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Adopts 10 Resolutions, including on the Role of the Family, Youth and Human Rights, Discrimination against Women and Girls, Extreme Poverty and Human Rights, and Human Rights and Climate Change, among others

22 June 2017

The Human Rights Council this afternoon adopted 10 resolutions in which it extended the mandates on extrajudicial, summary or arbitrary executions, and on extreme poverty and human rights. Other texts concerned the role of the family; youth and human rights; child, early and forced marriage; human rights and migrants; the elimination of discrimination against women and girls; human rights and climate change; the contribution of development to the enjoyment of human rights; and the equal enjoyment of the right to education by every girl.


Action on Resolutions under the Agenda Item on the Promotion and Protection of All Human Rights, Civil, Political, Economic, Social and Cultural Rights, including the Right to Development

Action on Resolution on the Protection of the Family: Role of the Family in Supporting the Protection and Promotion of Human Rights of Older Persons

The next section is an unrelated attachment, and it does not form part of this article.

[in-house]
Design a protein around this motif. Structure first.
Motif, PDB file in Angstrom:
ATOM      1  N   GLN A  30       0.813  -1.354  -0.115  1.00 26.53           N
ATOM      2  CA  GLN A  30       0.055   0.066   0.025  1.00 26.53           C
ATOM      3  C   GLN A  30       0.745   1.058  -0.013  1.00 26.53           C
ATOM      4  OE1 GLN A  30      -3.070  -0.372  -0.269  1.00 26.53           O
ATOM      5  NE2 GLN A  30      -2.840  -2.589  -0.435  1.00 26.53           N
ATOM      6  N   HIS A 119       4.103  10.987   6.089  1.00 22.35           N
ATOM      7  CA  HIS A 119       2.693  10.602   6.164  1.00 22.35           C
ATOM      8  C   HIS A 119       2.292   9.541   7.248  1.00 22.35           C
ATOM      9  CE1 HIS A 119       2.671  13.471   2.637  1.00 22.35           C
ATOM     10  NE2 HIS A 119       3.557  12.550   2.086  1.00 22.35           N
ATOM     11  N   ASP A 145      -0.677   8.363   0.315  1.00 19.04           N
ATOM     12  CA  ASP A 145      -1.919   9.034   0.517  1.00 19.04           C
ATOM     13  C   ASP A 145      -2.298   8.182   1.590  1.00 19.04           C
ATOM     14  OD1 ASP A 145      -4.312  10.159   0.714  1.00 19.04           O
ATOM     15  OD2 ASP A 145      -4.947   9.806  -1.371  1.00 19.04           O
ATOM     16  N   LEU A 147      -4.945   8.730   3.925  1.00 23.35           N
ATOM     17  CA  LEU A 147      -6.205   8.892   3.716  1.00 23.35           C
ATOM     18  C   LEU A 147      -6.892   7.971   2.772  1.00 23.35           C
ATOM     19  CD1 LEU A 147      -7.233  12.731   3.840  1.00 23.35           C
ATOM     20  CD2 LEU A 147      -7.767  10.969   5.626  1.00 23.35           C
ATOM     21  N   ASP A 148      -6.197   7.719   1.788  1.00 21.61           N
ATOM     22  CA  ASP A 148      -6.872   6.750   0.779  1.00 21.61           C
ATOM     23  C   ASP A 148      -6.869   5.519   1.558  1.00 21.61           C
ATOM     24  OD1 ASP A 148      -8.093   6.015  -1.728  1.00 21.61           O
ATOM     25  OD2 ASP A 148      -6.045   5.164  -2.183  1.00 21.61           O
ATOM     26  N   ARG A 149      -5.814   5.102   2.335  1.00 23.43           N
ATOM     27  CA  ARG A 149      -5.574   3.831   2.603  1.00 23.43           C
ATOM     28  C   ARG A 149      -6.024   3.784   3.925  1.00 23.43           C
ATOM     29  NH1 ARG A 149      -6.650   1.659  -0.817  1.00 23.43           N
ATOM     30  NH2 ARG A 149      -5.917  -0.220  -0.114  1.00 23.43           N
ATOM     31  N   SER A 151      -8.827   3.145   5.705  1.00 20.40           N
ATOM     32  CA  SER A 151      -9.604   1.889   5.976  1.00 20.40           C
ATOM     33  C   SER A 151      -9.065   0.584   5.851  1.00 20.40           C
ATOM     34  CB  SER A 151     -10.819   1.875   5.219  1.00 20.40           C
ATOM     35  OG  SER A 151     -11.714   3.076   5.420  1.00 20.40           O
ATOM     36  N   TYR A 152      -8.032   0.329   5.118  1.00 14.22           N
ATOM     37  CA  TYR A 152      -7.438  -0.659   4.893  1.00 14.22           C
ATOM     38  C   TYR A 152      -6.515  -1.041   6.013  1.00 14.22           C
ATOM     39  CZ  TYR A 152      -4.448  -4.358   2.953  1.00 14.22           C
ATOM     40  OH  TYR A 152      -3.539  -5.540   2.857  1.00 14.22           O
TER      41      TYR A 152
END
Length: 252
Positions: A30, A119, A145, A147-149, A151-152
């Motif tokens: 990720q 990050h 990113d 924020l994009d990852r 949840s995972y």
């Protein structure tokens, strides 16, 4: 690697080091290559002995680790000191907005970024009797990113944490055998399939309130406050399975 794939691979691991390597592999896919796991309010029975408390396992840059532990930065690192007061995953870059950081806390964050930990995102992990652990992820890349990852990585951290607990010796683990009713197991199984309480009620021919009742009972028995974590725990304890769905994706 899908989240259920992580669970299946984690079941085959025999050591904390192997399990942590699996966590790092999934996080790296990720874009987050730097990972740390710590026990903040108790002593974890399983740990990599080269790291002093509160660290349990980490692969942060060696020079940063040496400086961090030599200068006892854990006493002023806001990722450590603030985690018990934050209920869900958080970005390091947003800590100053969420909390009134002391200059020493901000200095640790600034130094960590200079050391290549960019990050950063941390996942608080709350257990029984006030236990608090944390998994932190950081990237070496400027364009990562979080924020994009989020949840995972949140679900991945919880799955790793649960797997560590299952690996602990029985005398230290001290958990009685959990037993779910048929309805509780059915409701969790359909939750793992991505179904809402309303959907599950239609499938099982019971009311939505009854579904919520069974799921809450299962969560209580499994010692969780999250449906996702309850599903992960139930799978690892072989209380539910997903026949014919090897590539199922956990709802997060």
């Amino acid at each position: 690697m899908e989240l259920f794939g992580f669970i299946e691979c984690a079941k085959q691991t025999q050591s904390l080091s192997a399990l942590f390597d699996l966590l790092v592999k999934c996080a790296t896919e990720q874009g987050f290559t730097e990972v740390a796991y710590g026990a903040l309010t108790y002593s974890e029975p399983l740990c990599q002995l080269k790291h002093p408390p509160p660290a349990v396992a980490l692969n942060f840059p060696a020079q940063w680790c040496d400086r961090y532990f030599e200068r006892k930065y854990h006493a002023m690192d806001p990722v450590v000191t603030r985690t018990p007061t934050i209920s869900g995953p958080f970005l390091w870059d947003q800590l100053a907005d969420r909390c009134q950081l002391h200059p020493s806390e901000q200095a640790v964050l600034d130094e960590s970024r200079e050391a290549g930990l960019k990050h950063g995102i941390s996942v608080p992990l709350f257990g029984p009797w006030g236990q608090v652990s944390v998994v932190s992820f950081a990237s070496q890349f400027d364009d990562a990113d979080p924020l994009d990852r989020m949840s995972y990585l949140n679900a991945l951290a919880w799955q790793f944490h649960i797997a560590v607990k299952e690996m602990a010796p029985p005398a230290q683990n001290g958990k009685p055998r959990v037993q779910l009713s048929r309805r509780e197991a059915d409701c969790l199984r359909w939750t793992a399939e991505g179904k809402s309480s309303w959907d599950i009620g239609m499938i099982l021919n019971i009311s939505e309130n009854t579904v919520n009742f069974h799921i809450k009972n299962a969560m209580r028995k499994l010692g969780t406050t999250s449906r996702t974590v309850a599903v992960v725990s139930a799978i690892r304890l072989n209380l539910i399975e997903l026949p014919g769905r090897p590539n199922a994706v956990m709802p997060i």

In a resolution (A/HRC/35/L.21) on the protection of the family: role of the family in supporting the protection and promotion of human rights of older persons, adopted by a recorded vote of 30 in favour to 12 against with 5 abstentions, the Council urges States, in accordance with their respective obligations under international human rights law, to provide the family, as the natural and fundamental group unit of society, with effective protection, support and assistance; decides to convene, with the support of the High Commissioner, before the thirty-eighth session of the Human Rights Council, a one-day intersessional seminar on the impact of the implementation by States of their obligations under relevant provisions of international human rights law with regard to the protection of the family on the role of the family in supporting the protection and promotion of the human rights of older persons, and to discuss challenges and best practices in this regard; and requests the High Commissioner to present a report on the seminar, in the form of a summary, to the Human Rights Council at its thirty-ninth session.
賛成30、反対12、棄権5の記録された投票により採択された、家族の保護に関する決議:高齢者の人権の保護と促進を支援する家族の役割(A/HRC/35/L.21)において、理事会は、締約国に対し、国際人権法に基づくそれぞれの義務に従い、効果的な保護、支援、援助を、家族の自然かつ基本的な単位として提供するよう強く促す。人権理事会の第三十八回セッションの前に、高等弁務官の支援を得て、 高齢者の人権の保護と促進を支援する上での、家族の役割に関する家族の保護に関して、締約国の国際人権法の関連条項に基づく義務により、実施の影響に関する1日の会期間セミナーを開催し、この点に関する課題とベストプラクティスについて議論するすることを決定する。そして、高等弁務官に対し、第三十九回セッションにおいて人権理事会に要約形式でセミナーに関する報告を提出するよう要請する。

The result of the vote was as follows:

In favour (30): Bangladesh, Bolivia, Botswana, Burundi, China, Congo, Côte d’Ivoire, Cuba, Ecuador, Egypt, El Salvador, Ethiopia, Ghana, India, Indonesia, Iraq, Kenya, Kyrgyzstan, Mongolia, Nigeria, Paraguay, Philippines, Qatar, Rwanda, Saudi Arabia, South Africa, Togo, Tunisia, United Arab Emirates, and Venezuela.